Down and Out in Boston
You must read (and watch) Eddie Coyle.
The first thing to know about George V. Higgins' The Friends of Eddie Coyle is that it directly entered the crime-fiction canon upon its 1970 publication. The second thing to know is that it holds up as both a writer's-writer thriller and as popular pulp, with Dennis Lehane introducing Picador's new 40 th-anniversary reissue of the novel by heralding it as "the game-changing crime novel of the last fifty years"—a moderate claim compared with that of Elmore Leonard, who hails it as the best crime novel, period. The third thing to know about The Friends of Eddie Coyle is that, as Lehane beat me to quipping, Eddie Coyle doesn't actually have any friends. When "my friend" is said in these pages, it is used with far less affection than in the case of a guy at a bodega or a coffee cart man addressing a patron.
Eddie Coyle, a rusty little cog in the machine of New England crime—seen operating mostly around Boston but controlled, it is insinuated, from the acclaimed Mafia sewer that is Providence—is a gunrunner at the retail level. In the first chapter, he explains why he has one mutilated hand: A while back, he sold some guns that turned out to be traceable and were indeed traced back to their purchaser, who was soon sentenced to hard time. Subsequently, some of the prisoner's "friends" taught him, Coyle, a lesson by slamming his left hand in a drawer.
A desk drawer? A dresser drawer? It goes unsaid, but while the meticulous writer must know, the reader doesn't care. Among the virtues of Eddie Coyle is its air of indeterminacy. The writing is not so much deliberately vague as purposefully shadowed, with the detail mostly a matter of grimy atmosphere and, somehow, most every chapter beginning in medias res and the reader thus blissfully disoriented. Generally, the introduction of the characters' motives precedes the revelation of their names. Sometimes the absorbing sketchy quality proceeds from the clinical and laconic third-person narration, which can read like the diffident testimony of an expert witness or the neutered report of an arresting officer. Eddie Coyle is more often identified as "the stocky man" than as "Eddie Coyle."
Point is, the "friends" who taught Coyle a lesson—a dispassionate business lesson, there's no Mamet-type emotionally heated avarice here—are more accurately described as loyal underlings, whatever loyalty might mean in this context. Which is not much. Eddie is also a rat trying to gnaw his way out of doing time for a thing up in New Hampshire, and he counts as another "friend" Dave Foley, the cop for whom he is subcompetently finking. (As Foley chides Coyle in a wonderfully comma-less bit of dialogue: "You tell me about a guy that's going to get hit and fifteen minutes later he gets hit.") Coyle hopes that providing some quality information will guarantee that Foley will put in a good word for him with an "old friend" in the U.S. attorney's office, to which end Coyle does some limited ratting on the guy selling him guns. He's bright enough to conceive of a double cross but too dull to execute it properly.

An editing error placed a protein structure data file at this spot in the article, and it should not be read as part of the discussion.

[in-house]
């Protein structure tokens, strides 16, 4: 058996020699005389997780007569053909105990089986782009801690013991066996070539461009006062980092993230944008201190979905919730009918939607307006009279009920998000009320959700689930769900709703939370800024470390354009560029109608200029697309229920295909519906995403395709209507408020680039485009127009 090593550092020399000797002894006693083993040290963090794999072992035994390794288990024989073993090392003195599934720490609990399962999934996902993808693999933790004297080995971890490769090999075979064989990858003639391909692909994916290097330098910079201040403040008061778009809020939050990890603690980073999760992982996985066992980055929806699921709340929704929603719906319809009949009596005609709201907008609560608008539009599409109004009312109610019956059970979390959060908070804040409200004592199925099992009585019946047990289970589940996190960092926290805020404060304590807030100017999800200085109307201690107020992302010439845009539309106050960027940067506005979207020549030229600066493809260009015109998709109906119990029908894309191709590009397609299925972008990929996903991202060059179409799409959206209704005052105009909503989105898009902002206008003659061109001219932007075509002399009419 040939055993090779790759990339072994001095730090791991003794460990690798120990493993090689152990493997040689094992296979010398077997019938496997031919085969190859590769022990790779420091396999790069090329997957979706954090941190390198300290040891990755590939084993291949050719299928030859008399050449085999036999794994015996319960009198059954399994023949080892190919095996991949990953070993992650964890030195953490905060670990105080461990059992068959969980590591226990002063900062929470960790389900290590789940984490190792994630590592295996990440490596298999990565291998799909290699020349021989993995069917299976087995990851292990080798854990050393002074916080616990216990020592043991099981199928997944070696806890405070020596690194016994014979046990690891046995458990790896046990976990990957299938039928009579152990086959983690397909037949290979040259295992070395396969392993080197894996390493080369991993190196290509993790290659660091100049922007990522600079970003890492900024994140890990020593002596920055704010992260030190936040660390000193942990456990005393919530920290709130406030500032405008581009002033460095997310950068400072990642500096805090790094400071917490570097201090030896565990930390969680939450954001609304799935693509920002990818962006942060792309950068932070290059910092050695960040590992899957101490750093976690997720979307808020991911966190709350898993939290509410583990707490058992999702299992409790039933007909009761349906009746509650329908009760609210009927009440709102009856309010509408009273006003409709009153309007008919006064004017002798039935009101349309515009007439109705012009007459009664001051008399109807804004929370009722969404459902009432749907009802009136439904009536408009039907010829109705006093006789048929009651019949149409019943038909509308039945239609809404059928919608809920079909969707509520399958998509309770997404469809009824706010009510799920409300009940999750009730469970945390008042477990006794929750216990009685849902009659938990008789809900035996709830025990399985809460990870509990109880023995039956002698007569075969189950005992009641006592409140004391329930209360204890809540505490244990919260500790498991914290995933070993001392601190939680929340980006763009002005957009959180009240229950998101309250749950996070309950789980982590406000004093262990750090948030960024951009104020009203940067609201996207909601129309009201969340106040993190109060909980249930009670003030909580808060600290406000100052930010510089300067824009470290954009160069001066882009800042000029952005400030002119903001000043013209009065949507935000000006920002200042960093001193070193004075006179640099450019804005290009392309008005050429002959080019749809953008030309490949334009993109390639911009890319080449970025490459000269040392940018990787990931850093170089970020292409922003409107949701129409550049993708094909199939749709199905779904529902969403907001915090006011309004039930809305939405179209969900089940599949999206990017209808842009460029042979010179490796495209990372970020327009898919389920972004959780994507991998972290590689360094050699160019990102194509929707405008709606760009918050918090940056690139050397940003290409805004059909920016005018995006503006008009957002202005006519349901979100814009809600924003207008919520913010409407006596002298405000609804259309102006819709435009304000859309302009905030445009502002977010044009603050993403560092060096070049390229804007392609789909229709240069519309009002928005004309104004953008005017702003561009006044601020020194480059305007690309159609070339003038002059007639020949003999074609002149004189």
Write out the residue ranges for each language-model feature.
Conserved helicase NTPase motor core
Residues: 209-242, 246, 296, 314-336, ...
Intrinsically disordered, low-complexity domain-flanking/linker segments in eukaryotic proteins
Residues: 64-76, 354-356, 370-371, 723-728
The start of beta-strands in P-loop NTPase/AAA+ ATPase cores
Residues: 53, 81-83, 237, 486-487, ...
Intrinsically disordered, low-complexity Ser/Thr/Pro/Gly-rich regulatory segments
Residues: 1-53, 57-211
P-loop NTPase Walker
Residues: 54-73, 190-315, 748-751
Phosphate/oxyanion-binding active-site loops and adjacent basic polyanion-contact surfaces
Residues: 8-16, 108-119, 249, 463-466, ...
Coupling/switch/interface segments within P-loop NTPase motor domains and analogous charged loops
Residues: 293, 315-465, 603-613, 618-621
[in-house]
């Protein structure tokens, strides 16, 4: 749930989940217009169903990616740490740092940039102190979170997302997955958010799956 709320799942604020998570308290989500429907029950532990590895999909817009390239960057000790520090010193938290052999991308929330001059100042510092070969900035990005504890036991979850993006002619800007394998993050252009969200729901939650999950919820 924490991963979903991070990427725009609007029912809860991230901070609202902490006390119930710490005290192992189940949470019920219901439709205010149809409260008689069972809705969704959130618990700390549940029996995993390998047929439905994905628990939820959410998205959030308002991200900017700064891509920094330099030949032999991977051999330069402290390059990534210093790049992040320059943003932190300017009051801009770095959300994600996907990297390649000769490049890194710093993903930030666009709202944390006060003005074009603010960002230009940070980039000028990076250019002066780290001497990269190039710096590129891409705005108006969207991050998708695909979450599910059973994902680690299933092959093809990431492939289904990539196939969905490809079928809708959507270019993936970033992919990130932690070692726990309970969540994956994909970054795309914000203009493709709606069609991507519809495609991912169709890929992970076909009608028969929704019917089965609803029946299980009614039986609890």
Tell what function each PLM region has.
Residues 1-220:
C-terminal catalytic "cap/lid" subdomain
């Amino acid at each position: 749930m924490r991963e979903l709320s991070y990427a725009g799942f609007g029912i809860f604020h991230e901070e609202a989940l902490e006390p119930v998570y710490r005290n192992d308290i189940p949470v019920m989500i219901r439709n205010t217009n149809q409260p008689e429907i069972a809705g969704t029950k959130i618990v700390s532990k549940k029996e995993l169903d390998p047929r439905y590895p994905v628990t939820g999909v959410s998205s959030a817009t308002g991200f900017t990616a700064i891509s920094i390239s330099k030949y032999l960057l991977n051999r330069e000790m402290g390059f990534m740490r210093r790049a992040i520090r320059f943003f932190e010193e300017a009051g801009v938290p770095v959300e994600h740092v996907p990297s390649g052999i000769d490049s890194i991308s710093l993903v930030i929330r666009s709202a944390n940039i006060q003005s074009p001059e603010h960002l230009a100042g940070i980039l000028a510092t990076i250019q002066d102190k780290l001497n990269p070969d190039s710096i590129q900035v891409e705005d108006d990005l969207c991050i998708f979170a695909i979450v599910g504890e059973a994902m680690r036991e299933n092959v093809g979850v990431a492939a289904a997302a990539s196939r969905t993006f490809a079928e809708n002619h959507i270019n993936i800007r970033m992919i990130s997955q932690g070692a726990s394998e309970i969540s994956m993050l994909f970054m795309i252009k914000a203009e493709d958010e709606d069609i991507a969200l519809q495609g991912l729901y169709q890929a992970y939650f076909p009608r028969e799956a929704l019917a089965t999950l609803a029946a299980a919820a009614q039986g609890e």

Foley, in turn, tells a colleague that another stool pigeon—a bar owner named Dillon, through whose pay phone the wife-avoiding wiseguys exchange their coordinates—is a "friend" of his. And then we have the stewardess who's shacked up with bank robber Jimmy Scalisi, the only client of Eddie's we meet, maybe Eddie's only client, maybe the mobster controlling him exclusively, who knows? Once she begins to suspect she's a gun moll, she starts talking to an acquaintance in the state police. What really set her off was that Scalisi disrespected her: "My friend likes to talk about fucking me in front of his friends."
This is the stuff of a great genre novel, though it's not exactly clear what that genre is. Eddie Coyle fluidly combines elements of a procedural and a thriller, of suspense and social realism. What it isn't is a Chandler-type mystery novel about a sleuth battling his own cynicism. Here, the sleuthing remains in the background, like a surveillance van, and the cynicism is a precondition of existence. Further, most hard-boiled classics allow their villains only so much time to talk, while this one gets its ripe flavor from their dialogue—tough talk, dumb bluffs, weaseling hedges, empty promises, pungent shoptalk, and by-the-by marital complaints.
To hear that dialogue crash and flow, check out director Peter Yates' 1973 film adaptation of the book. Recently available from the Criterion Collection, it stars Robert Mitchum in the title role, meaning that he's not a hero, not even an anti-hero, just a victim of circumstance. As A.O. Scott said last month in a Critics' Pick Video at nytimes.com, Coyle is "almost like a secondary character in his own movie."
That movie is an exemplar of the art of adaptation. Journeyman screenwriter Paul Monash faithfully mimeographed much of the novel's dialogue while also streamlining the story for maximum speed and rebuilding the plot in a way that retains its tensions and increases its clarity. (One of its few faults is that its score has dated badly; in combination with the character's broad sideburns and earth-tone turtlenecks, the chicka-chicka soft-porny soundtrack puts the contemporary viewer in the mind of Spike Jonze's video for the Beastie Boys' "Sabotage.") The exteriors capture Massachusetts at its melancholy worst. Under the washed-out powder-blue sky, the grays of the roads are superlatively dingy, and the reds of the masonry shine with a respectability that these hoods will never achieve. There's a special menace in this rendering of the scene constituting the book's first chapter: Coyle talks about his busted hand, but the camera never pulls in on it. The film is all the more powerful for keeping us at a distance, as if it's tailing these felons at a cautious distance to give us a delicious view of low life.
Troy Patterson is Slate's television critic.